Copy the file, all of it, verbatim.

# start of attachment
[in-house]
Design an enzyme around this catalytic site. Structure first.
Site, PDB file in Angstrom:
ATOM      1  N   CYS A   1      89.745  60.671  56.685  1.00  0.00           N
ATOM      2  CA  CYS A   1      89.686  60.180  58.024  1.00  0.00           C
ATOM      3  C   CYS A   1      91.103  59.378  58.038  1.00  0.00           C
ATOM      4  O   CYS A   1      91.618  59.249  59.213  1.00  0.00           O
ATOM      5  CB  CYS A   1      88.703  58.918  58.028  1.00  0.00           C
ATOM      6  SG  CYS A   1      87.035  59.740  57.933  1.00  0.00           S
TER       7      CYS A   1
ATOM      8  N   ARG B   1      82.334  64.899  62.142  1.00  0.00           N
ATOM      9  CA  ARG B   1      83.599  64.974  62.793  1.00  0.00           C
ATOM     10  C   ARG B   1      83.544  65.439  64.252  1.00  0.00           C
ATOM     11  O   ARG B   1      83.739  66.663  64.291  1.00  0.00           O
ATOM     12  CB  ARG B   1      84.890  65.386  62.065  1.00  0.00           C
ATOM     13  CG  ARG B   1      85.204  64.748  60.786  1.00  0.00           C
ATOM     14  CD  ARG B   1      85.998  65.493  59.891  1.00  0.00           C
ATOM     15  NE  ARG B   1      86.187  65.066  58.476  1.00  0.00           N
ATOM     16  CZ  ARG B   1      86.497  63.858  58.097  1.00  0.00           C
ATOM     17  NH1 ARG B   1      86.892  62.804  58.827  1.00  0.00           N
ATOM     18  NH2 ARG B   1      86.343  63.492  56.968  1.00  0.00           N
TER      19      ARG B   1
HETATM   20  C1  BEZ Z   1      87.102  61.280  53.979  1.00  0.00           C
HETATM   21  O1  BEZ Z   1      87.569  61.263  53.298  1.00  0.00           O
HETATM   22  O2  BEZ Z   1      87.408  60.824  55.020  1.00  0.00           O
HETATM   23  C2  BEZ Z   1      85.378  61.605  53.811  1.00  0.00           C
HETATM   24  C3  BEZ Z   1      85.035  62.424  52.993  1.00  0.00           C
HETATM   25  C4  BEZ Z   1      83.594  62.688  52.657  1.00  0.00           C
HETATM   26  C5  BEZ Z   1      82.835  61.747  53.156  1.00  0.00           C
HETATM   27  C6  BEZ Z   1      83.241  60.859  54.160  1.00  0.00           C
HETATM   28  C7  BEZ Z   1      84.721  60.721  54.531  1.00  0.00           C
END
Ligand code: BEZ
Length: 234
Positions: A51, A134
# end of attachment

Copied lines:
[in-house]
Design an enzyme around this catalytic site. Structure first.
Site, PDB file in Angstrom:
ATOM      1  N   CYS A   1      89.745  60.671  56.685  1.00  0.00           N
ATOM      2  CA  CYS A   1      89.686  60.180  58.024  1.00  0.00           C
ATOM      3  C   CYS A   1      91.103  59.378  58.038  1.00  0.00           C
ATOM      4  O   CYS A   1      91.618  59.249  59.213  1.00  0.00           O
ATOM      5  CB  CYS A   1      88.703  58.918  58.028  1.00  0.00           C
ATOM      6  SG  CYS A   1      87.035  59.740  57.933  1.00  0.00           S
TER       7      CYS A   1
ATOM      8  N   ARG B   1      82.334  64.899  62.142  1.00  0.00           N
ATOM      9  CA  ARG B   1      83.599  64.974  62.793  1.00  0.00           C
ATOM     10  C   ARG B   1      83.544  65.439  64.252  1.00  0.00           C
ATOM     11  O   ARG B   1      83.739  66.663  64.291  1.00  0.00           O
ATOM     12  CB  ARG B   1      84.890  65.386  62.065  1.00  0.00           C
ATOM     13  CG  ARG B   1      85.204  64.748  60.786  1.00  0.00           C
ATOM     14  CD  ARG B   1      85.998  65.493  59.891  1.00  0.00           C
ATOM     15  NE  ARG B   1      86.187  65.066  58.476  1.00  0.00           N
ATOM     16  CZ  ARG B   1      86.497  63.858  58.097  1.00  0.00           C
ATOM     17  NH1 ARG B   1      86.892  62.804  58.827  1.00  0.00           N
ATOM     18  NH2 ARG B   1      86.343  63.492  56.968  1.00  0.00           N
TER      19      ARG B   1
HETATM   20  C1  BEZ Z   1      87.102  61.280  53.979  1.00  0.00           C
HETATM   21  O1  BEZ Z   1      87.569  61.263  53.298  1.00  0.00           O
HETATM   22  O2  BEZ Z   1      87.408  60.824  55.020  1.00  0.00           O
HETATM   23  C2  BEZ Z   1      85.378  61.605  53.811  1.00  0.00           C
HETATM   24  C3  BEZ Z   1      85.035  62.424  52.993  1.00  0.00           C
HETATM   25  C4  BEZ Z   1      83.594  62.688  52.657  1.00  0.00           C
HETATM   26  C5  BEZ Z   1      82.835  61.747  53.156  1.00  0.00           C
HETATM   27  C6  BEZ Z   1      83.241  60.859  54.160  1.00  0.00           C
HETATM   28  C7  BEZ Z   1      84.721  60.721  54.531  1.00  0.00           C
END
Ligand code: BEZ
Length: 234
Positions: A51, A134